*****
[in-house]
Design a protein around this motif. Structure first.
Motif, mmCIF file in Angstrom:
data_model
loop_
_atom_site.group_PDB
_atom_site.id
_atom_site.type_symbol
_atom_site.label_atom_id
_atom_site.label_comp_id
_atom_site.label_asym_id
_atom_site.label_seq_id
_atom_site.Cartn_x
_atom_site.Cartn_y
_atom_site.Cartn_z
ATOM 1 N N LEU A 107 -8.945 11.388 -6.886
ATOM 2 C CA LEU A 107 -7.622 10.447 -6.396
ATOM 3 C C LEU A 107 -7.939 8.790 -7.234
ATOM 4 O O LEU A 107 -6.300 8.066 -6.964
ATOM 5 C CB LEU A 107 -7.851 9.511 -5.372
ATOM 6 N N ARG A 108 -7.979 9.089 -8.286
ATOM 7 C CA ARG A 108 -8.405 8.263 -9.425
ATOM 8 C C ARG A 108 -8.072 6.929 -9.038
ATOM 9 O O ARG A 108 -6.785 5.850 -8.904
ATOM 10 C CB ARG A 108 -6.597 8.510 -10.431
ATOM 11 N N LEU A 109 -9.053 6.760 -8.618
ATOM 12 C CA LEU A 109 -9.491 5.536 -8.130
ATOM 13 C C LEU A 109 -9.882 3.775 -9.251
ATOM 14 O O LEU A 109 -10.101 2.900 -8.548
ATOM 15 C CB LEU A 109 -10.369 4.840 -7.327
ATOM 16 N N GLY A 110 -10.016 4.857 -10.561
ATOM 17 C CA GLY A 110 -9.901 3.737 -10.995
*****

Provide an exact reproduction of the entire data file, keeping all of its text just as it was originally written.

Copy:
[in-house]
Design a protein around this motif. Structure first.
Motif, mmCIF file in Angstrom:
data_model
loop_
_atom_site.group_PDB
_atom_site.id
_atom_site.type_symbol
_atom_site.label_atom_id
_atom_site.label_comp_id
_atom_site.label_asym_id
_atom_site.label_seq_id
_atom_site.Cartn_x
_atom_site.Cartn_y
_atom_site.Cartn_z
ATOM 1 N N LEU A 107 -8.945 11.388 -6.886
ATOM 2 C CA LEU A 107 -7.622 10.447 -6.396
ATOM 3 C C LEU A 107 -7.939 8.790 -7.234
ATOM 4 O O LEU A 107 -6.300 8.066 -6.964
ATOM 5 C CB LEU A 107 -7.851 9.511 -5.372
ATOM 6 N N ARG A 108 -7.979 9.089 -8.286
ATOM 7 C CA ARG A 108 -8.405 8.263 -9.425
ATOM 8 C C ARG A 108 -8.072 6.929 -9.038
ATOM 9 O O ARG A 108 -6.785 5.850 -8.904
ATOM 10 C CB ARG A 108 -6.597 8.510 -10.431
ATOM 11 N N LEU A 109 -9.053 6.760 -8.618
ATOM 12 C CA LEU A 109 -9.491 5.536 -8.130
ATOM 13 C C LEU A 109 -9.882 3.775 -9.251
ATOM 14 O O LEU A 109 -10.101 2.900 -8.548
ATOM 15 C CB LEU A 109 -10.369 4.840 -7.327
ATOM 16 N N GLY A 110 -10.016 4.857 -10.561
ATOM 17 C CA GLY A 110 -9.901 3.737 -10.995